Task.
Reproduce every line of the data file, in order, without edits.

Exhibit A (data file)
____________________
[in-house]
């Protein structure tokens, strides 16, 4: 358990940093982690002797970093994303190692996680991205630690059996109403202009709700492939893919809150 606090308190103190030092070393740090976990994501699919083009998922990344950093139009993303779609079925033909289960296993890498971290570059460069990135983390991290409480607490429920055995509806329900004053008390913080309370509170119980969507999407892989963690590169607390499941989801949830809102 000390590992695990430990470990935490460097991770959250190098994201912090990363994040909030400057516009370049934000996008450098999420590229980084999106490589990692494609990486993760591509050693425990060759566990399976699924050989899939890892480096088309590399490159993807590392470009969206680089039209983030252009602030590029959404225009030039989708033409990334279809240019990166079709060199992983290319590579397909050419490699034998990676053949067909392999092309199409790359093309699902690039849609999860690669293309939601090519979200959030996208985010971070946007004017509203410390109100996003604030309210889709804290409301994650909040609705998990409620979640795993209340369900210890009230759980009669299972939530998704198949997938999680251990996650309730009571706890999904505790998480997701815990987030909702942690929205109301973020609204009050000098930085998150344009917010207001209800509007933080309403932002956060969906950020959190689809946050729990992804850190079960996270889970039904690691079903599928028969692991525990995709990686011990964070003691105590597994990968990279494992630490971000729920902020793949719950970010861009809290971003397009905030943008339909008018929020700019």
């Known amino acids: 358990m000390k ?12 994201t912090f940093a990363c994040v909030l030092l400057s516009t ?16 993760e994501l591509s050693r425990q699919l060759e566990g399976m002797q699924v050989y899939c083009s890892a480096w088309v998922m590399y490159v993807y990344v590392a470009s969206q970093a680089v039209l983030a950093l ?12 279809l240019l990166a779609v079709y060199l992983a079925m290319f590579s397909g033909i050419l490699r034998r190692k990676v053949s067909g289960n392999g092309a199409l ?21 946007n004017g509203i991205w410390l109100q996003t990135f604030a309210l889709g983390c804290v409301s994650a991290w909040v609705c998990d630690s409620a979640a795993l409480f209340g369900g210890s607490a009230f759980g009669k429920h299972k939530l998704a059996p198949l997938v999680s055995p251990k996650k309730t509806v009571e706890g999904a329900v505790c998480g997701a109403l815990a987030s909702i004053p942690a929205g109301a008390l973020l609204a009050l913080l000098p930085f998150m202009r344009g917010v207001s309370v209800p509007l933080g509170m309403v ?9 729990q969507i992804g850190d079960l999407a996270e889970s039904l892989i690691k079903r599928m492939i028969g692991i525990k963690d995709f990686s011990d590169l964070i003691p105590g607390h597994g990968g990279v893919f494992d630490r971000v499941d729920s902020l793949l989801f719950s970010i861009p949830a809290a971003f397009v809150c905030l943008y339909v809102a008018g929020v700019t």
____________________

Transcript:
[in-house]
């Protein structure tokens, strides 16, 4: 358990940093982690002797970093994303190692996680991205630690059996109403202009709700492939893919809150 606090308190103190030092070393740090976990994501699919083009998922990344950093139009993303779609079925033909289960296993890498971290570059460069990135983390991290409480607490429920055995509806329900004053008390913080309370509170119980969507999407892989963690590169607390499941989801949830809102 000390590992695990430990470990935490460097991770959250190098994201912090990363994040909030400057516009370049934000996008450098999420590229980084999106490589990692494609990486993760591509050693425990060759566990399976699924050989899939890892480096088309590399490159993807590392470009969206680089039209983030252009602030590029959404225009030039989708033409990334279809240019990166079709060199992983290319590579397909050419490699034998990676053949067909392999092309199409790359093309699902690039849609999860690669293309939601090519979200959030996208985010971070946007004017509203410390109100996003604030309210889709804290409301994650909040609705998990409620979640795993209340369900210890009230759980009669299972939530998704198949997938999680251990996650309730009571706890999904505790998480997701815990987030909702942690929205109301973020609204009050000098930085998150344009917010207001209800509007933080309403932002956060969906950020959190689809946050729990992804850190079960996270889970039904690691079903599928028969692991525990995709990686011990964070003691105590597994990968990279494992630490971000729920902020793949719950970010861009809290971003397009905030943008339909008018929020700019």
């Known amino acids: 358990m000390k ?12 994201t912090f940093a990363c994040v909030l030092l400057s516009t ?16 993760e994501l591509s050693r425990q699919l060759e566990g399976m002797q699924v050989y899939c083009s890892a480096w088309v998922m590399y490159v993807y990344v590392a470009s969206q970093a680089v039209l983030a950093l ?12 279809l240019l990166a779609v079709y060199l992983a079925m290319f590579s397909g033909i050419l490699r034998r190692k990676v053949s067909g289960n392999g092309a199409l ?21 946007n004017g509203i991205w410390l109100q996003t990135f604030a309210l889709g983390c804290v409301s994650a991290w909040v609705c998990d630690s409620a979640a795993l409480f209340g369900g210890s607490a009230f759980g009669k429920h299972k939530l998704a059996p198949l997938v999680s055995p251990k996650k309730t509806v009571e706890g999904a329900v505790c998480g997701a109403l815990a987030s909702i004053p942690a929205g109301a008390l973020l609204a009050l913080l000098p930085f998150m202009r344009g917010v207001s309370v209800p509007l933080g509170m309403v ?9 729990q969507i992804g850190d079960l999407a996270e889970s039904l892989i690691k079903r599928m492939i028969g692991i525990k963690d995709f990686s011990d590169l964070i003691p105590g607390h597994g990968g990279v893919f494992d630490r971000v499941d729920s902020l793949l989801f719950s970010i861009p949830a809290a971003f397009v809150c905030l943008y339909v809102a008018g929020v700019t």